February 20, 2012
Dukkah Crusted Lamb Cutlets with Fig and Goat Chese Salad
Some lovely finds at the market this week.
Soft ash goats cheese, tiny lamb cutlets, and beautiful fresh ripe figs. Yumm.... Obviously they needed to be combined together.
This seems like a lot of steps for one dish Dear Readers, but really they don't take long at all.
The dukkah can be made days in advance, and the cutlets can be coated a day ahead as well if you like. The salad is 5 minutes work, tops. So there's no excuses for missing out on a lovely meal even if you're in a hurry, with just these few ingredients in the fridge.
3/4 cup Hazelnuts
1/4 cup sesame seeds
1 tablespoon coriander seeds
1/2 teaspoon sumac
Good pinch of salt flakes
Toast the hazlenuts in a dry pan over medium heat, until starting to change colour.
Add in the rest of the ingredients, and toast until the seeds are a lovely golden colour and the spices are releasing their aromatic oils. Make sure you keep stirring or shaking the pan so they don't burn. Pull out a few hazlenuts to keep as a final garnish.
Let them cool a bit, then pulse them in a food processor until they are roughly- but fairly finely chopped.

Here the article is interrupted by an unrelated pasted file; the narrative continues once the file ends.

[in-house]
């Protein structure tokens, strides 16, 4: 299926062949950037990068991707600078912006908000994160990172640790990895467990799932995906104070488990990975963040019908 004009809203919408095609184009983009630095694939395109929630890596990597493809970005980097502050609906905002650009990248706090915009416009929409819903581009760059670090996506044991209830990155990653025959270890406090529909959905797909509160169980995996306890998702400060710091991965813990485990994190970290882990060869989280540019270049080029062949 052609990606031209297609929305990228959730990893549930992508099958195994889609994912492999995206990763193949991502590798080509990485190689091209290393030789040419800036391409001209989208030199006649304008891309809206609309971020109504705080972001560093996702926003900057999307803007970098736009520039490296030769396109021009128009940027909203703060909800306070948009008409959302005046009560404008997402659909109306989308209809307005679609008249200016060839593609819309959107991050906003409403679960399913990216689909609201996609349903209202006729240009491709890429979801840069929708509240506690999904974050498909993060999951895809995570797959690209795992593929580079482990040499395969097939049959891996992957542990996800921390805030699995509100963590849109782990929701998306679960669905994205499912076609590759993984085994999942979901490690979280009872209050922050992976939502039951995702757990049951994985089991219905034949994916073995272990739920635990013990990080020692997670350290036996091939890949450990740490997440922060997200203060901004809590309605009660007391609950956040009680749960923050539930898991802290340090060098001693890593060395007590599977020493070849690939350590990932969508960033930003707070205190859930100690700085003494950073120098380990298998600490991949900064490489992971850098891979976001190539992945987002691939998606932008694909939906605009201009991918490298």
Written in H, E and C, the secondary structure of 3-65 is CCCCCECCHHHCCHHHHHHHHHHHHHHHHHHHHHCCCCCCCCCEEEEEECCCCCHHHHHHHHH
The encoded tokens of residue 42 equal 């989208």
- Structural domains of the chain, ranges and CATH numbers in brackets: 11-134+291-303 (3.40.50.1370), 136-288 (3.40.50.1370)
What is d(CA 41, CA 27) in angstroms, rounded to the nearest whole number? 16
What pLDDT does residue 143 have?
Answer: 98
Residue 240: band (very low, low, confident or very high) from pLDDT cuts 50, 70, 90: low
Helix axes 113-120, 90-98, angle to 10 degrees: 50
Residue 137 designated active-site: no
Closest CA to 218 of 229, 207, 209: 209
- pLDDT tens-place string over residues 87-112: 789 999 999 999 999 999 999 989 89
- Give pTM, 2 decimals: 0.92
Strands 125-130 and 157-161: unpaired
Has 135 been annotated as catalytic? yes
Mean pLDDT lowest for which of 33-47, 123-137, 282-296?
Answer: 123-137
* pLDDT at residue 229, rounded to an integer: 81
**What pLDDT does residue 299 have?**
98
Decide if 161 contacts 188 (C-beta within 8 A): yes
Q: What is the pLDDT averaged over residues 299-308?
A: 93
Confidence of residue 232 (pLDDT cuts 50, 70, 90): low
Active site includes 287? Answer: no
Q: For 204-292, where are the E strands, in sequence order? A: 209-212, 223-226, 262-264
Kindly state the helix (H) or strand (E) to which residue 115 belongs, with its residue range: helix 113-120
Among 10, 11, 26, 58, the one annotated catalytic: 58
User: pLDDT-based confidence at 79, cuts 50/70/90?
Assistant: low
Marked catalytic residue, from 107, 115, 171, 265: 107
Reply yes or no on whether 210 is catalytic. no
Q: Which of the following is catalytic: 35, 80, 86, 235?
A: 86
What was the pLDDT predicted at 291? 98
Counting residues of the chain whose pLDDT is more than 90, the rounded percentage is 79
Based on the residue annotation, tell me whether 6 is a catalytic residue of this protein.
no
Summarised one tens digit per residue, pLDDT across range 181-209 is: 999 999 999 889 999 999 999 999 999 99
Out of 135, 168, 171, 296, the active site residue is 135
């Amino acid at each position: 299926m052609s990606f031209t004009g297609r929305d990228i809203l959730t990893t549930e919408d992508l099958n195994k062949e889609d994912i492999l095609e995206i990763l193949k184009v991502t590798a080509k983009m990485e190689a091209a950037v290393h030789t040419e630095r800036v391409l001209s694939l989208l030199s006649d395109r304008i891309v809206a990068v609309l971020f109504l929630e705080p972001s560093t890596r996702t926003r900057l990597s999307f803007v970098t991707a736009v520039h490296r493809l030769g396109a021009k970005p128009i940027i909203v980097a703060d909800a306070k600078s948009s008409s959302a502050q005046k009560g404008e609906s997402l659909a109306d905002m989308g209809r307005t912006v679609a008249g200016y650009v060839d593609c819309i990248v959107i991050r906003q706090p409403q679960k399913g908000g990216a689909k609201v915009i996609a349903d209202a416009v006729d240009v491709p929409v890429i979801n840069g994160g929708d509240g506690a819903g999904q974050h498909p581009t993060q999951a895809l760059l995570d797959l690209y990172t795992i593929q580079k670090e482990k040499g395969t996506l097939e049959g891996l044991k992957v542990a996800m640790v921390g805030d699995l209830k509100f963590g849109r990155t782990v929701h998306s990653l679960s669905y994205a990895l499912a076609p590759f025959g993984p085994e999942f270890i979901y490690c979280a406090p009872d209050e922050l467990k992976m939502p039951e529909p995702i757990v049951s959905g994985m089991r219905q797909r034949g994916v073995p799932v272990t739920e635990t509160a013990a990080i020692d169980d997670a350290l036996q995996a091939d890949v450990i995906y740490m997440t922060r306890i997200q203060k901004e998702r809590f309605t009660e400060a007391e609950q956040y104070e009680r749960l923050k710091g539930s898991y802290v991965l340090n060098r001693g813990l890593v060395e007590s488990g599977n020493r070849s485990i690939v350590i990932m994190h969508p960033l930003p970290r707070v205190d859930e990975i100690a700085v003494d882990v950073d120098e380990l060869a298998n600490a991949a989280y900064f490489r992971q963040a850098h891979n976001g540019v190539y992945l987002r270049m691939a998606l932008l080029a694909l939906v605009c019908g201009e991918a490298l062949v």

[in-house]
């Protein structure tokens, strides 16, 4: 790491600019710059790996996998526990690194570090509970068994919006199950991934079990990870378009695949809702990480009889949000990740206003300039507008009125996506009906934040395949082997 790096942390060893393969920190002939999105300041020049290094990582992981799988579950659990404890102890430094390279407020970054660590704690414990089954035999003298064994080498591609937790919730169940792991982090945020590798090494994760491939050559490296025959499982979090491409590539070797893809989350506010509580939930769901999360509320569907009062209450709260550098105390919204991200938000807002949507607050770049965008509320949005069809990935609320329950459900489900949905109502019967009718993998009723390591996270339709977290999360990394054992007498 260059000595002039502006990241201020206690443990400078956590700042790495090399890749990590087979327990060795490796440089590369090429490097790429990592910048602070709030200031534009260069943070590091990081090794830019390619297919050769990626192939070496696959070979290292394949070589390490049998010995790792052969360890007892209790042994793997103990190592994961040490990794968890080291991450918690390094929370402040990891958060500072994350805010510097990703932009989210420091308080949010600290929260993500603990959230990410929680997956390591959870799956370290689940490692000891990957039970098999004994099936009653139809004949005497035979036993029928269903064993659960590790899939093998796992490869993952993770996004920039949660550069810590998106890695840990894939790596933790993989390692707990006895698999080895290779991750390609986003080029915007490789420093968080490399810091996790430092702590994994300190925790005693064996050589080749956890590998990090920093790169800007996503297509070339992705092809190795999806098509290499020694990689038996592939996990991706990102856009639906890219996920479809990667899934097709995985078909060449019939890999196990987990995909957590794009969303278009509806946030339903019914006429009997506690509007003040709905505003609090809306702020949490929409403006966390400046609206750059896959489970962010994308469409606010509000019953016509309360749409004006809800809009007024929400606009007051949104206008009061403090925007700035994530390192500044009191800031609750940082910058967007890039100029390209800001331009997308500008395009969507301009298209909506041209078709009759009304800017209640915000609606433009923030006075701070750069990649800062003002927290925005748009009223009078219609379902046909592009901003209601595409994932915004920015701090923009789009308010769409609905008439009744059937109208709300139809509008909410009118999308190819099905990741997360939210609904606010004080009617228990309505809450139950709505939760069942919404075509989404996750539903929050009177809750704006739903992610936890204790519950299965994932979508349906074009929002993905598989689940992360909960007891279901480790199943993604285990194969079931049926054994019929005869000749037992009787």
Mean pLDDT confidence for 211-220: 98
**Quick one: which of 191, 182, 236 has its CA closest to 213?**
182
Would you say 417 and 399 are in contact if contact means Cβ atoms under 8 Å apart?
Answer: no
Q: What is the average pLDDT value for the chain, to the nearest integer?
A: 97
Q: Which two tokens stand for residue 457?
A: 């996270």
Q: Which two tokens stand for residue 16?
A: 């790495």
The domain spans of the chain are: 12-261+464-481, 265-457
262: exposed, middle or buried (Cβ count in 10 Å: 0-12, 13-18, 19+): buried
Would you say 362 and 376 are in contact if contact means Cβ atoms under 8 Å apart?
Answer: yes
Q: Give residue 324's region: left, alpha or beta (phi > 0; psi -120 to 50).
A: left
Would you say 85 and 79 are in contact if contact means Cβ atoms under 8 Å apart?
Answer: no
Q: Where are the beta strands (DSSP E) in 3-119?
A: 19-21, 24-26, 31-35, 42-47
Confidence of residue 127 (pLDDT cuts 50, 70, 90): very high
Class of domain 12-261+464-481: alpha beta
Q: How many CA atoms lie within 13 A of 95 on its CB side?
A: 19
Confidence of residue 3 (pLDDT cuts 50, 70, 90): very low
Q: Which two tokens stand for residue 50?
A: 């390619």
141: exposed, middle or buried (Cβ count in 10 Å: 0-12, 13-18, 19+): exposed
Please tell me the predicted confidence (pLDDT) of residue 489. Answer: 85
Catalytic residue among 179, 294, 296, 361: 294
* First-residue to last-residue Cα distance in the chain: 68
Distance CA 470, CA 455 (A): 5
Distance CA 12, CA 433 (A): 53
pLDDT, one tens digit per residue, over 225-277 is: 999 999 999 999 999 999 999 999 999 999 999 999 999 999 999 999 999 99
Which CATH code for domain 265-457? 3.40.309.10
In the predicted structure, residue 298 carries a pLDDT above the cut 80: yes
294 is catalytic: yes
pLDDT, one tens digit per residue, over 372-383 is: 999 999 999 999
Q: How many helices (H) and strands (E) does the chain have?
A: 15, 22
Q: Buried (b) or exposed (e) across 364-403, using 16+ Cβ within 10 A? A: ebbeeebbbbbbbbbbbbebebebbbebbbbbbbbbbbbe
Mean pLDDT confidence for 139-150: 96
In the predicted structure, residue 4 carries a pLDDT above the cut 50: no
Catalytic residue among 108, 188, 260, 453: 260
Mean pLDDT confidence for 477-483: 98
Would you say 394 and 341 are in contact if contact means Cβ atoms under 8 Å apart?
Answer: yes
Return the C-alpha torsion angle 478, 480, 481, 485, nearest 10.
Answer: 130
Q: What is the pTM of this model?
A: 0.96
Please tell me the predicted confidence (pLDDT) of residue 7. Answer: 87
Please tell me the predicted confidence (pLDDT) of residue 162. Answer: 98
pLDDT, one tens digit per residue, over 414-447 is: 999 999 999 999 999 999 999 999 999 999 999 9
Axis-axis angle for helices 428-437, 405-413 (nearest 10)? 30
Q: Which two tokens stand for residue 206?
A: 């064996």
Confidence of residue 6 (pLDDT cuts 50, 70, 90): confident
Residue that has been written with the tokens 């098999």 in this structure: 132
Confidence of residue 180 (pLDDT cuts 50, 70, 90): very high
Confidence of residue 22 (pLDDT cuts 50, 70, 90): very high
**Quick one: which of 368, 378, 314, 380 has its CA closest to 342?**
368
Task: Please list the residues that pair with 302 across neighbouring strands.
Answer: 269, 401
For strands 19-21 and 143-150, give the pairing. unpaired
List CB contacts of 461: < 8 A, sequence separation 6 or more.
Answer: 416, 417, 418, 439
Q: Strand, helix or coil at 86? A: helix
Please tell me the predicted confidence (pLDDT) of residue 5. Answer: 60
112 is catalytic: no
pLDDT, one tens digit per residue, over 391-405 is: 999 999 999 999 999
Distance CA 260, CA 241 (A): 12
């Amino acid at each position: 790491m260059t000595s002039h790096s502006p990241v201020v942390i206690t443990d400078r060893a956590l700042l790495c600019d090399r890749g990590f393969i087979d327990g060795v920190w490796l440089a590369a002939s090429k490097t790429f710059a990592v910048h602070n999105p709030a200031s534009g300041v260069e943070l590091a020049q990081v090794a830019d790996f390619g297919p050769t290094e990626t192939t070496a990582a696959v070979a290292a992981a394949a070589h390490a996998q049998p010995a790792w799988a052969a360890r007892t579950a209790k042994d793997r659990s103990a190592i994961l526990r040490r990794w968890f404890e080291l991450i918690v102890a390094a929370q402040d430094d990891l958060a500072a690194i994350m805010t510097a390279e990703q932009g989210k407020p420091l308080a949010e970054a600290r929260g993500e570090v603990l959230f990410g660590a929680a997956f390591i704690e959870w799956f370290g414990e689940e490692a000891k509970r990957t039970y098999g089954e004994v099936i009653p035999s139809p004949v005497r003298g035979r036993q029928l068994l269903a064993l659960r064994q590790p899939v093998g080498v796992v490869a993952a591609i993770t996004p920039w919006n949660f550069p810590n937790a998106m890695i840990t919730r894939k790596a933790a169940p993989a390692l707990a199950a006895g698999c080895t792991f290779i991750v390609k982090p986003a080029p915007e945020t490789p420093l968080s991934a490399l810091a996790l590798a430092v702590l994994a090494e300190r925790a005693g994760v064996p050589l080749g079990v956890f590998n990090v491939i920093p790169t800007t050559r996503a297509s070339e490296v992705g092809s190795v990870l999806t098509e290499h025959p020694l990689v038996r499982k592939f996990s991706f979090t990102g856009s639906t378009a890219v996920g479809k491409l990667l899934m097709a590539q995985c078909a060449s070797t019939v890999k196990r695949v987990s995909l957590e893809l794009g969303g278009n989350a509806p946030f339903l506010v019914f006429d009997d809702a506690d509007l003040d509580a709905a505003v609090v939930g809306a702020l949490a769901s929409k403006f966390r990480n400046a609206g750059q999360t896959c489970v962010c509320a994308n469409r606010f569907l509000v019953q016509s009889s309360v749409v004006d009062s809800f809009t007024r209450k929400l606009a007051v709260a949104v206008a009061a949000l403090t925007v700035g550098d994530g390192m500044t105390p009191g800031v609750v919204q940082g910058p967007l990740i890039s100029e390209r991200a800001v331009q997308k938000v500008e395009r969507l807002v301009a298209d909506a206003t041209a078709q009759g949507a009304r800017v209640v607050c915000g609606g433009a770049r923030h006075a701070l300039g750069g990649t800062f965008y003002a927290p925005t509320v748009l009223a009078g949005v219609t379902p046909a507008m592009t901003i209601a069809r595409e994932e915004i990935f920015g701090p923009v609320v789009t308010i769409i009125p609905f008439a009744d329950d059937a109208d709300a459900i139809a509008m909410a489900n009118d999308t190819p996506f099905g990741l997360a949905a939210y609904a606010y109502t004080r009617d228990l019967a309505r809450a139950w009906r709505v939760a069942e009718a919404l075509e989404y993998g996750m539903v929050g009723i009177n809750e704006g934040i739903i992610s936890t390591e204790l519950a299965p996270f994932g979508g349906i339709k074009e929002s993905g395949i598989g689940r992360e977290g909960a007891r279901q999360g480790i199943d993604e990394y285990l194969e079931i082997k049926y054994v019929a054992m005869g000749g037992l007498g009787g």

That's it, dukkah's done and dusted.
Pat your little cutlets dry with kitchen towel, then dip all over in a lovely olive oil- I used a beautiful smoked olive oil for a bit of extra va-voom!
Let the excess drip off, then dip the cutlet into the dukkah. Make sure it gets into all the nooks and crannies. This coating is not only delicious, but will help protect the meat from over cooking and drying out in the pan.
Pop the coated cutlets into a preheated pan on medium heat. There's no need to oil the pan, as you don't want to burn the dukkah or fry it too hard in oil. The oil you dipped the meat in will be fine.
Little cutlets like this don't require much cooking at all, they should be served nice pink and juicy, so watch them carefully.
If you had quite a lot of meat to cook off, it would be easier to sear them well, then put them all on an oven tray to finish cooking. That way they are all ready and hot at the same time for plating up.
Now, while all the lamb is cooking, it's time to make the salad.
Rip open a packet of pre-washed rocket leaves and scatter them artistically about your serving dish or plate.
Cut some perfectly ripe figs in half so that the luscious pink insides are showing, and pop them about too.
Slice or crumble on your goats cheese for the gorgeous creamy tang it brings to the party, scatter over the reserved hazlenuts, and voila!
Looks like something from a magazine doesn't it?
Now a bit of dressing is lovely to help the greens go down, but I like to serve mine separately, or srizzle it on after you've served your guests. My dressing consists of some scrummy Pukara Estate Fig Balsamic Vinegar whisked with a bit more of the olive oil. It tastes fantastic, but the dark colour stains the food. Please serve it separately, you'll thank me.
So my Dearest Readers, so you like fresh figs, and how do you like to serve them when they're in season?